Kitchen Layouts Overview Work Triangle Kitchen Layouts Getting Started With Kitchen Layouts In larger kitchens, an island (or two) can break up the space in attractive ways, help direct traffic, provide convenient storage, and present the chef with useful countertop work space that borders (but does not block) the work triangle. For good traffic flow, islands should have at least 3 or 4 feet of aisle on each side. A small peninsula may be a good alternative to an island in kitchens where space is limited. Never put an island in a kitchen where two points of the work triangle are on opposite walls; it will get in the way. As you move items around in the plan, always remember your work triangle. Basic Kitchen Layouts There are four main kitchen layouts: “Galley,” “L,” “U,” and “G” (Peninsula). Each accommodates a work triangle in its own way. Galley L-Shaped U-Shaped G-Shaped (Peninsula) Efficient, but counter space is limited and foot traffic can be disruptive. Popular. No foot traffic crosses through work triangle. Lots of counter space. Surrounds the cook with appliances and counter space. Ideal for an island if the “U” is big enough. Cozy. Lots of counter space. Links the kitchen to the dining area with a common counter surface. Build Your Own Now that you’ve seen some of the options available, you can design your own kitchen with our helpful Start Your Floor Plan tool. Start Your Floor Plan Now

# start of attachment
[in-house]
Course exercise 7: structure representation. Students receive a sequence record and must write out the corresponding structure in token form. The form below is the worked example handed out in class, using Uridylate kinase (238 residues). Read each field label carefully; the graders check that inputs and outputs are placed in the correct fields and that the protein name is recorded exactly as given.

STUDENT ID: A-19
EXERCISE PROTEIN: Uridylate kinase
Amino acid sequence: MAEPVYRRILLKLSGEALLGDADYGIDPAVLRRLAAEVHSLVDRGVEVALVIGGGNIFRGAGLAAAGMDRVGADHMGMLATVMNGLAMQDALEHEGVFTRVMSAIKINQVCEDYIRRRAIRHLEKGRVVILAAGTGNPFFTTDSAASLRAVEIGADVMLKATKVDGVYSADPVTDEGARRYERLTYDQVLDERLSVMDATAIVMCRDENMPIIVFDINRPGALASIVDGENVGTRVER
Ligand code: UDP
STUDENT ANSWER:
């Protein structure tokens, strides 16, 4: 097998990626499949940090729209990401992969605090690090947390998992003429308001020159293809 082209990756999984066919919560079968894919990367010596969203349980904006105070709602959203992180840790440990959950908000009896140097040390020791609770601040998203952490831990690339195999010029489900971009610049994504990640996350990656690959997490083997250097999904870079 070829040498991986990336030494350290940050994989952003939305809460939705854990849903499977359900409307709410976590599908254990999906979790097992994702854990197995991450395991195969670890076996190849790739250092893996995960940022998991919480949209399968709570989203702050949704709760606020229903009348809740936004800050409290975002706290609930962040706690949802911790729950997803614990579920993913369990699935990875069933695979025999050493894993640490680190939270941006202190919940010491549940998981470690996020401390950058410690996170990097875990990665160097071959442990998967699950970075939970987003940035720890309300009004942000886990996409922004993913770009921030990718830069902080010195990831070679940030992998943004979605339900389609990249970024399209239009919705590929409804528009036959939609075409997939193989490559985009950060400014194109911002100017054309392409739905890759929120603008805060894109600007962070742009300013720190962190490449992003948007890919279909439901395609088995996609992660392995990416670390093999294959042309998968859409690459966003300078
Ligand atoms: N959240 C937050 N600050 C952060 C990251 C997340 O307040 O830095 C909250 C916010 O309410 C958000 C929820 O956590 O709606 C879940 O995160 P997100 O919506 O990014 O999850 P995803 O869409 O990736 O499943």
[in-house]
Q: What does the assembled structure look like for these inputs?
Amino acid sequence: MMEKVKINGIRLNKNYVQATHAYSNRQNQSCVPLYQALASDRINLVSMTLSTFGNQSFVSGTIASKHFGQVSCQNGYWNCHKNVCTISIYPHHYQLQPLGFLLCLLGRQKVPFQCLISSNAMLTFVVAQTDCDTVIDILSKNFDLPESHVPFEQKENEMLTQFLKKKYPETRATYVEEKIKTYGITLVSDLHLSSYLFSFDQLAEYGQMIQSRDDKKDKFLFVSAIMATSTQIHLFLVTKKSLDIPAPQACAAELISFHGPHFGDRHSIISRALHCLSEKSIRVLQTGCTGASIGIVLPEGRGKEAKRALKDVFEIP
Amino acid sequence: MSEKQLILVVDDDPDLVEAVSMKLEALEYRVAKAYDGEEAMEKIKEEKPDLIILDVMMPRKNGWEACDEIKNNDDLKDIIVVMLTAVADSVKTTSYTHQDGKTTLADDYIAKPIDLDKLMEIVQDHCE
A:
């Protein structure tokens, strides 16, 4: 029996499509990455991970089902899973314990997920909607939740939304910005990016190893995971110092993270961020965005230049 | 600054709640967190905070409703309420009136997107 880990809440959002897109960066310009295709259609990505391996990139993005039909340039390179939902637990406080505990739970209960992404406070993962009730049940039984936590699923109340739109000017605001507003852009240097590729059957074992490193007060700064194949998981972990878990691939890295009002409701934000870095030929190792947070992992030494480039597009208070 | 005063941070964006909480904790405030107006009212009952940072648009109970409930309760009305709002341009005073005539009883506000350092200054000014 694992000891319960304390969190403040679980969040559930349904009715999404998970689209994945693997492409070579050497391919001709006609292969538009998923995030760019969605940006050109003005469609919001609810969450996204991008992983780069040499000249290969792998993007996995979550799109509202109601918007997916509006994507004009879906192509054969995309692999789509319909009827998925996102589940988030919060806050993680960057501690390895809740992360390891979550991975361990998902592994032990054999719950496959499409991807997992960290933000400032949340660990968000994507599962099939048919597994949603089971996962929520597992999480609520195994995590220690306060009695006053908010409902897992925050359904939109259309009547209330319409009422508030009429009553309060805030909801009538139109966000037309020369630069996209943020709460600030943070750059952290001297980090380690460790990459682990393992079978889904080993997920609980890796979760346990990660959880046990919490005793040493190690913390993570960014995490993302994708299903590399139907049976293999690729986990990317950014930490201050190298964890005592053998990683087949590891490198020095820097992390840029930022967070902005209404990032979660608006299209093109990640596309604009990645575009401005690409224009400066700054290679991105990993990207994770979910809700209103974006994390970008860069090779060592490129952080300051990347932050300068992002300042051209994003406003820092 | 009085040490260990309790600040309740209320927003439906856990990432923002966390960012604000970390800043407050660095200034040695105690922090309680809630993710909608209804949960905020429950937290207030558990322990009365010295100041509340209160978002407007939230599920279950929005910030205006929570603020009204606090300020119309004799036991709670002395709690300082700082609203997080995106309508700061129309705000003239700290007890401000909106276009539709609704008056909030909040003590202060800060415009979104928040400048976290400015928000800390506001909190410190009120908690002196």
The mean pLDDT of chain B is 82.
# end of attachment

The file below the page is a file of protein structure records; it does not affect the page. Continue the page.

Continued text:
kitchen designs layouts 3

Kitchen Designs Layouts